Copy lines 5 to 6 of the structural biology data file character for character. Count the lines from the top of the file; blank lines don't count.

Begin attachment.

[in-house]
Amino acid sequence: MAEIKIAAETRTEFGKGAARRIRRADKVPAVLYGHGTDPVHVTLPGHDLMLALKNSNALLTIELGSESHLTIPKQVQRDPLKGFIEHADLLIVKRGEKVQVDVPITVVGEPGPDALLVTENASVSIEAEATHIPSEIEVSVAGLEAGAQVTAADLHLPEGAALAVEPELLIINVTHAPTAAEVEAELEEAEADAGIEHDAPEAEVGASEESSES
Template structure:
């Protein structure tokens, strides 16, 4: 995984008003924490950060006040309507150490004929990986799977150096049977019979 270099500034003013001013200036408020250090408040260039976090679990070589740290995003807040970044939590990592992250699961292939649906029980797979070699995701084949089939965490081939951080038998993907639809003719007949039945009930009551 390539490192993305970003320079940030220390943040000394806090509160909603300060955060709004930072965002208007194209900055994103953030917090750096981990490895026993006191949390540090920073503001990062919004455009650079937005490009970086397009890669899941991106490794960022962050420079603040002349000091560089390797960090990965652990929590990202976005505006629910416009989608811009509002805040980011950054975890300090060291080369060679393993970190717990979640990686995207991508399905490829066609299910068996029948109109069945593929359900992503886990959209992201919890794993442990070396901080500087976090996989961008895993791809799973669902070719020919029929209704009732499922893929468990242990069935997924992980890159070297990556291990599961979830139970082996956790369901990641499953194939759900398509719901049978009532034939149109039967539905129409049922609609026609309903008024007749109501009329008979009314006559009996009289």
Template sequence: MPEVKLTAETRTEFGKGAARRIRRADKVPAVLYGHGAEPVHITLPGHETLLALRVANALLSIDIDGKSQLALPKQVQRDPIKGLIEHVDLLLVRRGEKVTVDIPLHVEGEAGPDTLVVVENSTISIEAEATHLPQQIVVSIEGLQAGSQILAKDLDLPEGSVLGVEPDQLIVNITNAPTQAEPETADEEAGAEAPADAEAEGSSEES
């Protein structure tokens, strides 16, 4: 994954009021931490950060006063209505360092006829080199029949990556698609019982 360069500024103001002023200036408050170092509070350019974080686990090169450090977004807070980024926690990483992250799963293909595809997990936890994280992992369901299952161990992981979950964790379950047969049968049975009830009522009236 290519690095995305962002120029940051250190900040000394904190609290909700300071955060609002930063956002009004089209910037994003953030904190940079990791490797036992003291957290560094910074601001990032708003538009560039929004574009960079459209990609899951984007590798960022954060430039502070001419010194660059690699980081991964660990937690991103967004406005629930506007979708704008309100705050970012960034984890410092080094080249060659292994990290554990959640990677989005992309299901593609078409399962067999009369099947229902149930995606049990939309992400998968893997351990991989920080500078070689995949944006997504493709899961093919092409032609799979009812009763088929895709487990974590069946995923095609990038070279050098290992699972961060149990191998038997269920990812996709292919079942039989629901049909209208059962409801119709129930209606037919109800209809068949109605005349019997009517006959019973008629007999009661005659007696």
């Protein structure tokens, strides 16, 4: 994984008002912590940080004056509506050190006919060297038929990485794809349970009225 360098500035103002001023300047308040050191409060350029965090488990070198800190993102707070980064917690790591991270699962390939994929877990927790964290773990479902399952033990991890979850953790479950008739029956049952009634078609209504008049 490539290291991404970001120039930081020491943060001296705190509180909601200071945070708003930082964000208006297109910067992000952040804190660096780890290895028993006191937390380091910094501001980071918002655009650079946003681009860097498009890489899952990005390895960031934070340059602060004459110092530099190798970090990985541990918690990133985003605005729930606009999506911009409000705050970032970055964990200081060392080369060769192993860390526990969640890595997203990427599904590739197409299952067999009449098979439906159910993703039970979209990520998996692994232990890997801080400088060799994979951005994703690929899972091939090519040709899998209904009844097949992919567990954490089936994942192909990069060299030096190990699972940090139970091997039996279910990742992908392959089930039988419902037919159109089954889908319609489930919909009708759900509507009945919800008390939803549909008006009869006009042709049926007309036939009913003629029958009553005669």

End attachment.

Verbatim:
Template sequence: MPEVKLTAETRTEFGKGAARRIRRADKVPAVLYGHGAEPVHITLPGHETLLALRVANALLSIDIDGKSQLALPKQVQRDPIKGLIEHVDLLLVRRGEKVTVDIPLHVEGEAGPDTLVVVENSTISIEAEATHLPQQIVVSIEGLQAGSQILAKDLDLPEGSVLGVEPDQLIVNITNAPTQAEPETADEEAGAEAPADAEAEGSSEES
């Protein structure tokens, strides 16, 4: 994954009021931490950060006063209505360092006829080199029949990556698609019982 360069500024103001002023200036408050170092509070350019974080686990090169450090977004807070980024926690990483992250799963293909595809997990936890994280992992369901299952161990992981979950964790379950047969049968049975009830009522009236 290519690095995305962002120029940051250190900040000394904190609290909700300071955060609002930063956002009004089209910037994003953030904190940079990791490797036992003291957290560094910074601001990032708003538009560039929004574009960079459209990609899951984007590798960022954060430039502070001419010194660059690699980081991964660990937690991103967004406005629930506007979708704008309100705050970012960034984890410092080094080249060659292994990290554990959640990677989005992309299901593609078409399962067999009369099947229902149930995606049990939309992400998968893997351990991989920080500078070689995949944006997504493709899961093919092409032609799979009812009763088929895709487990974590069946995923095609990038070279050098290992699972961060149990191998038997269920990812996709292919079942039989629901049909209208059962409801119709129930209606037919109800209809068949109605005349019997009517006959019973008629007999009661005659007696």